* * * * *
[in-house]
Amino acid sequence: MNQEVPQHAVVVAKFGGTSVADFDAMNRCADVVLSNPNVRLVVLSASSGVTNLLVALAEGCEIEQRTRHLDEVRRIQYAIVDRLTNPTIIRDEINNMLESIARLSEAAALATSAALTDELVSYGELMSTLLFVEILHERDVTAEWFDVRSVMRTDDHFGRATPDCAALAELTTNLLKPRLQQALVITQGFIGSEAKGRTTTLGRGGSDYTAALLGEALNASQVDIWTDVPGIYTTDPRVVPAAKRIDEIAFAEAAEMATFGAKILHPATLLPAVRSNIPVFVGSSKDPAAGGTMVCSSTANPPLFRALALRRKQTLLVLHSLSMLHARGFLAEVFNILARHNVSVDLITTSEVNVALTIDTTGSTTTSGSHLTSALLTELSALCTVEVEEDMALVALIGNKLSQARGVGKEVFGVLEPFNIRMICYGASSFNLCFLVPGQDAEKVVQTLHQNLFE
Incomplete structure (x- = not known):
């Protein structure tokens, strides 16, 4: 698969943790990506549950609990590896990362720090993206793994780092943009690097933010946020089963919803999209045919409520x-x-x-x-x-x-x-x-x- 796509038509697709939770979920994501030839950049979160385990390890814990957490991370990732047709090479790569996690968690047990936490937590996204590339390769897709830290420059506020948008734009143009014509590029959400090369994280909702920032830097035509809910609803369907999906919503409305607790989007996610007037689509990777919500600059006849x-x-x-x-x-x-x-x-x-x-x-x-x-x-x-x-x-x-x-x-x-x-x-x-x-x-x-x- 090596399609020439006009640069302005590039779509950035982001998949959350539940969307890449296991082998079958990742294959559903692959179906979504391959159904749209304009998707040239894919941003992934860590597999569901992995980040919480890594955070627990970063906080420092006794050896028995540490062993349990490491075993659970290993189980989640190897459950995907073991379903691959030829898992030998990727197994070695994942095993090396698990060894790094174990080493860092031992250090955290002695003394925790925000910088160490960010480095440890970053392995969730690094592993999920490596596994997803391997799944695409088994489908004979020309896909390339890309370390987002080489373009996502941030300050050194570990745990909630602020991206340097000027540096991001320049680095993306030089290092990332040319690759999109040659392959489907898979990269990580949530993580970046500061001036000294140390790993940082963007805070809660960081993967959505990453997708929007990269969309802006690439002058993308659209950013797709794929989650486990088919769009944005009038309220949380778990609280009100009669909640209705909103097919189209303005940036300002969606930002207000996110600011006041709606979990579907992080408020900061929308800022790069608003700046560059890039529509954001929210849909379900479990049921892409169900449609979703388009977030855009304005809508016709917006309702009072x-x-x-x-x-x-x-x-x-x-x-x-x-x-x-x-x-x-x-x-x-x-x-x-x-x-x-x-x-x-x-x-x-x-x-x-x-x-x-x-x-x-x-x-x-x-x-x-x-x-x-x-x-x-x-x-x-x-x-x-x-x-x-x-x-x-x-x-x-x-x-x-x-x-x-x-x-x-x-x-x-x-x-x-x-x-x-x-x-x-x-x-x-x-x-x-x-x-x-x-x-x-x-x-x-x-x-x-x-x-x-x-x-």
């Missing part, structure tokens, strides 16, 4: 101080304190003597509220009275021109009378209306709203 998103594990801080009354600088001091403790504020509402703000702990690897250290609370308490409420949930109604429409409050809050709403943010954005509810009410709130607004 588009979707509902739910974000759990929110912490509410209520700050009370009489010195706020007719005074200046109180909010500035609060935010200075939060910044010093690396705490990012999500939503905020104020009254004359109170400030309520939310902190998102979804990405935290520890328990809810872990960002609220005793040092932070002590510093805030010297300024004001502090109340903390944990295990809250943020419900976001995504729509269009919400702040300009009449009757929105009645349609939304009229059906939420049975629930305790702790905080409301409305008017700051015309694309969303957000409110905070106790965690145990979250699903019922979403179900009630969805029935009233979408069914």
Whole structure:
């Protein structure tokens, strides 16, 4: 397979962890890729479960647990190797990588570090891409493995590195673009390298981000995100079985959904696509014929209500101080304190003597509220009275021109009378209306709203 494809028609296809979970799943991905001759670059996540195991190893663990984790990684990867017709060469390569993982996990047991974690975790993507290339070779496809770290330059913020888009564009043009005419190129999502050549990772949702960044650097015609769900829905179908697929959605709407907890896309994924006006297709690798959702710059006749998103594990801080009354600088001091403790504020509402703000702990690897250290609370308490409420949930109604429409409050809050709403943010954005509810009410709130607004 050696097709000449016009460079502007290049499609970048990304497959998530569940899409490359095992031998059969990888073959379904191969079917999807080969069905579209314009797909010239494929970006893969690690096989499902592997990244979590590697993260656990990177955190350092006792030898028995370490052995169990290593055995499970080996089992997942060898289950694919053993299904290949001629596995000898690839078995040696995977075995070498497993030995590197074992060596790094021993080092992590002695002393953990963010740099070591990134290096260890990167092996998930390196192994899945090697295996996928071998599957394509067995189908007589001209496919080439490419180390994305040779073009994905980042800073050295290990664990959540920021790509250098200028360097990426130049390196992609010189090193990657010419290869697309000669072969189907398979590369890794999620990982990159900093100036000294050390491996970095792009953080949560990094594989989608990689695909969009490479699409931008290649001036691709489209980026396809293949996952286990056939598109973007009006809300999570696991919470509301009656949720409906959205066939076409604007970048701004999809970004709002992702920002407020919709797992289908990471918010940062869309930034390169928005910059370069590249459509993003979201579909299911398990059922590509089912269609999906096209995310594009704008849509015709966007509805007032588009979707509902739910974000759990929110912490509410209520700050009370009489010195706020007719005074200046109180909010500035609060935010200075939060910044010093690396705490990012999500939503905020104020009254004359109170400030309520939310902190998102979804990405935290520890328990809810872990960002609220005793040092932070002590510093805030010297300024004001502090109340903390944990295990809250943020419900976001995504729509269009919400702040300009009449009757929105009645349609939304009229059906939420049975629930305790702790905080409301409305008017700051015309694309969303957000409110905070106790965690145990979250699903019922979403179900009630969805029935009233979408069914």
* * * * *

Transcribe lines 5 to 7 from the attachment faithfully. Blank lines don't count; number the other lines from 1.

């Missing part, structure tokens, strides 16, 4: 101080304190003597509220009275021109009378209306709203 998103594990801080009354600088001091403790504020509402703000702990690897250290609370308490409420949930109604429409409050809050709403943010954005509810009410709130607004 588009979707509902739910974000759990929110912490509410209520700050009370009489010195706020007719005074200046109180909010500035609060935010200075939060910044010093690396705490990012999500939503905020104020009254004359109170400030309520939310902190998102979804990405935290520890328990809810872990960002609220005793040092932070002590510093805030010297300024004001502090109340903390944990295990809250943020419900976001995504729509269009919400702040300009009449009757929105009645349609939304009229059906939420049975629930305790702790905080409301409305008017700051015309694309969303957000409110905070106790965690145990979250699903019922979403179900009630969805029935009233979408069914």
Whole structure:
């Protein structure tokens, strides 16, 4: 397979962890890729479960647990190797990588570090891409493995590195673009390298981000995100079985959904696509014929209500101080304190003597509220009275021109009378209306709203 494809028609296809979970799943991905001759670059996540195991190893663990984790990684990867017709060469390569993982996990047991974690975790993507290339070779496809770290330059913020888009564009043009005419190129999502050549990772949702960044650097015609769900829905179908697929959605709407907890896309994924006006297709690798959702710059006749998103594990801080009354600088001091403790504020509402703000702990690897250290609370308490409420949930109604429409409050809050709403943010954005509810009410709130607004 050696097709000449016009460079502007290049499609970048990304497959998530569940899409490359095992031998059969990888073959379904191969079917999807080969069905579209314009797909010239494929970006893969690690096989499902592997990244979590590697993260656990990177955190350092006792030898028995370490052995169990290593055995499970080996089992997942060898289950694919053993299904290949001629596995000898690839078995040696995977075995070498497993030995590197074992060596790094021993080092992590002695002393953990963010740099070591990134290096260890990167092996998930390196192994899945090697295996996928071998599957394509067995189908007589001209496919080439490419180390994305040779073009994905980042800073050295290990664990959540920021790509250098200028360097990426130049390196992609010189090193990657010419290869697309000669072969189907398979590369890794999620990982990159900093100036000294050390491996970095792009953080949560990094594989989608990689695909969009490479699409931008290649001036691709489209980026396809293949996952286990056939598109973007009006809300999570696991919470509301009656949720409906959205066939076409604007970048701004999809970004709002992702920002407020919709797992289908990471918010940062869309930034390169928005910059370069590249459509993003979201579909299911398990059922590509089912269609999906096209995310594009704008849509015709966007509805007032588009979707509902739910974000759990929110912490509410209520700050009370009489010195706020007719005074200046109180909010500035609060935010200075939060910044010093690396705490990012999500939503905020104020009254004359109170400030309520939310902190998102979804990405935290520890328990809810872990960002609220005793040092932070002590510093805030010297300024004001502090109340903390944990295990809250943020419900976001995504729509269009919400702040300009009449009757929105009645349609939304009229059906939420049975629930305790702790905080409301409305008017700051015309694309969303957000409110905070106790965690145990979250699903019922979403179900009630969805029935009233979408069914």